Friday, March 24, 2017

Gentle Reader,

What you’ll find below is an upside-down anthology of sorts: a journal of my frequent morning musings from January 2008 till now, in reverse order.

Much of what I write here is verse in traditional rhymed iambic pentameters, old fashioned in form but contemporary in topics and idiom. It asks to be read aloud so that the effects of rhyme and meter may be felt.

Sometimes I write brief prose essays, but even my verses are essays, or attempts, pursuing a line of thought to some conclusion, though more sonorously than those in prose: discursive verses, I call them.

In either case, you’re the reader over my shoulder as I write, which makes my writing different than when I have no audience in mind but only a vague urge to express. So I thank you for whatever attention you give my words and thoughts and feelings because you might so easily attend to something else, and you soon will.

To beguile you to linger longer, though, I’ve coupled most of my compositions with a photo or image I’ve taken or borrowed, which often corresponds with my words of that day.

Thank you for visiting here.  I hope you enjoy your stay and are moved to come back soon.

                                                                                                                                               —Alan Nordstrom 





                    What tale is there, from this our time, that could
                    Compare with one of yours, O Bard of yore,
                    That, were it dramatized, as surely would
                    Arouse a captive audience to adore?
                    What Hamlet or Othello, Lear, Macbeth
                    Have we to mount our stage and captivate
                    Our ears with passionate and glorious breath
                    That we’ll hereafter praise and contemplate?
                    No longer now does poetry prevail
                    To lift our spirits to enraptured heights,
                    But rather now prosodic scripts assail
                    Our weary ears, revealing no insights
                        Compared to yours into the heart and soul
                        Of our humanity—true drama’s goal.


Thursday, March 23, 2017


                    How can I best employ my intellect
                    To amplify the cosmic logosphere
                    And cause the most significant effect
                    That through my ardent efforts might appear?

                    Is it by versecraft that I’ll demonstrate
                    A wit and wisdom worthy to sustain
                   The hearts and souls of hearers and create
                    A visionary world, a higher plane?

                   If this may be, I’ll try to tune my mind
                   To visualize keen insights from above
                   Of how an elevated humankind
                   Would always live in wisdom and in love.

                        This verse, contrived in slumberous ecstasy,
                        May prove, I hope, a true epiphany.


Sunday, March 19, 2017


                    Before the beginning, when only nothing was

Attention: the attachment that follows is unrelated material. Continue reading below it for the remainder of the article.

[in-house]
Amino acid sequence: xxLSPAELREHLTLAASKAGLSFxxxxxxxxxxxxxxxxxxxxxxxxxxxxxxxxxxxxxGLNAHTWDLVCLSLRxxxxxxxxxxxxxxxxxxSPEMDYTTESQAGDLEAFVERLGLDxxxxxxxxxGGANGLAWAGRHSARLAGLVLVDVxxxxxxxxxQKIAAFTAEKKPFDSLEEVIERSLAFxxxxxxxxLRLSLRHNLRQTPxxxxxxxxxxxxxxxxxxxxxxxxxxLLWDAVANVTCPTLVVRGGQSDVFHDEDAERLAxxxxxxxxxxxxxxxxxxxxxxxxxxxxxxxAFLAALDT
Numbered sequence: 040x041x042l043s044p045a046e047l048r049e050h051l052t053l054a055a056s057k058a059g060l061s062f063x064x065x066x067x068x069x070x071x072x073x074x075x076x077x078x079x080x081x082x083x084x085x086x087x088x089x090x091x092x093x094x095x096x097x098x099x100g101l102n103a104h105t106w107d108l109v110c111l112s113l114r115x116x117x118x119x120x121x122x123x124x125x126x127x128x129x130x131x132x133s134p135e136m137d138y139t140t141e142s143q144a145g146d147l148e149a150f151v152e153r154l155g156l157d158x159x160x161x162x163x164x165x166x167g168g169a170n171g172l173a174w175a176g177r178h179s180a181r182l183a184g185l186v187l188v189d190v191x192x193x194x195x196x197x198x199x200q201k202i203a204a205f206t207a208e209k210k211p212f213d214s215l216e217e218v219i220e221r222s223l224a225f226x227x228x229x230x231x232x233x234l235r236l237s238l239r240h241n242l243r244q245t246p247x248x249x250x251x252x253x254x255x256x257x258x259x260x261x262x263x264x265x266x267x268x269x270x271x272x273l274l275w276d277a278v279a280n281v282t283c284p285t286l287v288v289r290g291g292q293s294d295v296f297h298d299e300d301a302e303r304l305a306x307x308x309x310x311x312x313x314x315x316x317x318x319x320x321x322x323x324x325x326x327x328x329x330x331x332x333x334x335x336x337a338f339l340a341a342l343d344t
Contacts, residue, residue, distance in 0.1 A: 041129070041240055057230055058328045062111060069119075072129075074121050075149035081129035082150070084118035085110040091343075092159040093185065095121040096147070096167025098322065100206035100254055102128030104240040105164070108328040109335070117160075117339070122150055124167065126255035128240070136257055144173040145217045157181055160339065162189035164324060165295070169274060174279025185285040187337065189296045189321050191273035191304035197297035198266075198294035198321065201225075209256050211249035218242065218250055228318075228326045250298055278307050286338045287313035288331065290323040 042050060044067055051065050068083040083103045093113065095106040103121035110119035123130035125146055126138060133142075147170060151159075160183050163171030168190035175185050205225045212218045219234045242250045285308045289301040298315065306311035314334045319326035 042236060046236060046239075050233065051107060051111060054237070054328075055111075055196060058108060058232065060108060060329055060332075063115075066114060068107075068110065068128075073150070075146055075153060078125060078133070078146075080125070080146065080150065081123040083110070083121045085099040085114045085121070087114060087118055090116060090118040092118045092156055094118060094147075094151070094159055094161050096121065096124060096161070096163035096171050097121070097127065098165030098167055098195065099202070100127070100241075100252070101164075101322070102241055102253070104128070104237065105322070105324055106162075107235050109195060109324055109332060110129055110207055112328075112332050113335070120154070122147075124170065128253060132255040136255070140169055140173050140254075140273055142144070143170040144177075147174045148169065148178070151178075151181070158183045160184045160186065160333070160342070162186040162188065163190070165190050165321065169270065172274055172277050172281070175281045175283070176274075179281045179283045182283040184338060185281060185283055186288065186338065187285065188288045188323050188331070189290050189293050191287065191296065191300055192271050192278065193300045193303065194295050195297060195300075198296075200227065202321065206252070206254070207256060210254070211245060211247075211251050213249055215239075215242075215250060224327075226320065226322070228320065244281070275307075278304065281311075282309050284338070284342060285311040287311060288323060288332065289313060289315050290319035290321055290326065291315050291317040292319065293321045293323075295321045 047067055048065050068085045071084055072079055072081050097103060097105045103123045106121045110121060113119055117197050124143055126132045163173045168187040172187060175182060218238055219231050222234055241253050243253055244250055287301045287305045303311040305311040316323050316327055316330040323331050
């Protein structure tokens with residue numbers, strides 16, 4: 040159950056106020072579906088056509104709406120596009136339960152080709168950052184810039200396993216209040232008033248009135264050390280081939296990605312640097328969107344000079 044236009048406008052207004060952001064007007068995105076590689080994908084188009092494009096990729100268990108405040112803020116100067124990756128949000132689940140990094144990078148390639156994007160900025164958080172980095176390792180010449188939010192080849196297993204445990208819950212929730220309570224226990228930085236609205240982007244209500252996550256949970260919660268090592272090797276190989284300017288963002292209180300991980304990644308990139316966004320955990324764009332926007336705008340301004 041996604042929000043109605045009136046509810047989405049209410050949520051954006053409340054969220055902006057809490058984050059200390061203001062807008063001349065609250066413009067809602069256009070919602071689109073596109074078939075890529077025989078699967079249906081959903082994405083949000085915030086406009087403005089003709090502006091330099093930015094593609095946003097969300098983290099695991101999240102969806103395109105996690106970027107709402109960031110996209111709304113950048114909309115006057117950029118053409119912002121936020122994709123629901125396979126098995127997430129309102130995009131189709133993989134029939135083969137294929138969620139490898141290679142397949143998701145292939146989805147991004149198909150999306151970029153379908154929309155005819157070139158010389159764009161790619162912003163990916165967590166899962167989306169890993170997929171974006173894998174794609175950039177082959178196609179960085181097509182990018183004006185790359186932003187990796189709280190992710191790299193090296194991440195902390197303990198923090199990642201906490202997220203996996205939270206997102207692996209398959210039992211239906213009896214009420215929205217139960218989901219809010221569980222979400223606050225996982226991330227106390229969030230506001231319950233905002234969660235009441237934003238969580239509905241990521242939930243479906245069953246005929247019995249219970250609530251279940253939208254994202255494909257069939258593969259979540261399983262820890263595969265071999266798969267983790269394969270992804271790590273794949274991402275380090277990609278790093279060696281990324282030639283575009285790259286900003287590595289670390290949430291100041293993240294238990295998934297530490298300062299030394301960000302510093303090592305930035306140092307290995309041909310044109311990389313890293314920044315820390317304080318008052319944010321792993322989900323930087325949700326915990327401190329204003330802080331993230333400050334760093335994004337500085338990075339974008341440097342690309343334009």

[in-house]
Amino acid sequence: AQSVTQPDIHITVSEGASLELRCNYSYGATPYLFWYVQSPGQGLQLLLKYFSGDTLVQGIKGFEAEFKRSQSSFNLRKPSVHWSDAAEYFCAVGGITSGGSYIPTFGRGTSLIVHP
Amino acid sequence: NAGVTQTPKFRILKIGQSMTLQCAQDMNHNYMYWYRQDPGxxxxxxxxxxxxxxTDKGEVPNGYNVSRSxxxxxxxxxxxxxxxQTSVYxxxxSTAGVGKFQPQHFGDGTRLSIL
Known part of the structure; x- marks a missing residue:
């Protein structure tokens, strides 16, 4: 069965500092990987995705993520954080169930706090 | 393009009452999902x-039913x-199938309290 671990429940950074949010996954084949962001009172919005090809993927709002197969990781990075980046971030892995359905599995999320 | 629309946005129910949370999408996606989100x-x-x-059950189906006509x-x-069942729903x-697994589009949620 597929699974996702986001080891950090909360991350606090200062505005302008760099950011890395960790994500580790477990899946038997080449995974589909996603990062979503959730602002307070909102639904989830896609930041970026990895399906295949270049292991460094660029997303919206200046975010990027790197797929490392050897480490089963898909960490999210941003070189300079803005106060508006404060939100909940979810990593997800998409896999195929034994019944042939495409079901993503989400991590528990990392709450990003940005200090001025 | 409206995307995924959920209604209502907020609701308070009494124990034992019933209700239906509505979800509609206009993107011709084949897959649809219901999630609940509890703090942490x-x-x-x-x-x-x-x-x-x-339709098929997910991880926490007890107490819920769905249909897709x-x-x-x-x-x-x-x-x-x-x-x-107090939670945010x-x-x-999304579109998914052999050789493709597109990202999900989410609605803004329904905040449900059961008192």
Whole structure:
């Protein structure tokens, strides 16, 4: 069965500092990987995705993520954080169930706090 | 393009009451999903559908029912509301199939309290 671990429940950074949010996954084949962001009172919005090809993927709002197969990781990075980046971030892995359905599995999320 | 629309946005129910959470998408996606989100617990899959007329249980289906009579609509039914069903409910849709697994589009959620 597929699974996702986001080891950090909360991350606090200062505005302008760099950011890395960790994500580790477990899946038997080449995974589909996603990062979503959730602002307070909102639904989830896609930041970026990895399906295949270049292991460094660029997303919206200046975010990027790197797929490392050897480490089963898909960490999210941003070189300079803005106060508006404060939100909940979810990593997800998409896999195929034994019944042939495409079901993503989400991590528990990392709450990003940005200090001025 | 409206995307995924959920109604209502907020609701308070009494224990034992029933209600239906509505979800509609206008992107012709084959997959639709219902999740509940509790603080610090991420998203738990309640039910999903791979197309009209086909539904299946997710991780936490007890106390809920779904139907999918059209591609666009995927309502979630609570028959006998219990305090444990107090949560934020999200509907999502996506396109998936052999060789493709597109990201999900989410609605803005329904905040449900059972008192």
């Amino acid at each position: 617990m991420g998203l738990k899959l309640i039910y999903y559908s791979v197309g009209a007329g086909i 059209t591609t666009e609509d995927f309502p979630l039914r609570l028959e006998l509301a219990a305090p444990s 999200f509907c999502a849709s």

(Or wasn’t, to try to say it properly),
                    Because, of course, there was then no because,
                    Because there was no cause and couldn’t be—
                    But then there was, as even now it does:
                    May it continue to infinity!


Friday, March 17, 2017


                     I woke up early morning to pure bliss—
                     It’s fading now, but I remember this:
                     That it is what is called “beatitude,”
                     The most exultant human attitude,
                     What mystics claim is Cosmic Consciousness,
                     Attaining which is ultimate success,
                     The highest state there is of human being,
                     Equipping one for supernatural seeing
                     And access to a transcendental world
                     Where universal secrets are unfurled.
                     Once, in my youth, I found this cryptic place,
                     Discovering, for the first time, perfect grace,
                     The memory of which has lingered on,
                      A priceless pearl, a soulful paragon.


Thursday, March 16, 2017


                    A Shakespeare sonnet always starts with               A
                    Delightful sense that very soon you’ll                      B
                    Enraptured with a witty mind at pl                            A
                    And that there’s nowhere else you’d rather              B
                    Yet though you’re now intrigued, you’re still at         C
                    As to its purpose, though the melo                           D
                    You find beguiling, so you’ll wait and                        C
                    If it’s for real or slapstick come-                                D
                    Provoking laughter or monoton                                E

                    Composed by someone sharp-eared or tone dea    F
                   A masterpiece or a monstrosit                                   E      

                   By  a meat grinder or a master che                            F
                        The craft-work of a skillful prodi                            G

                         Or something needing an apolo                           G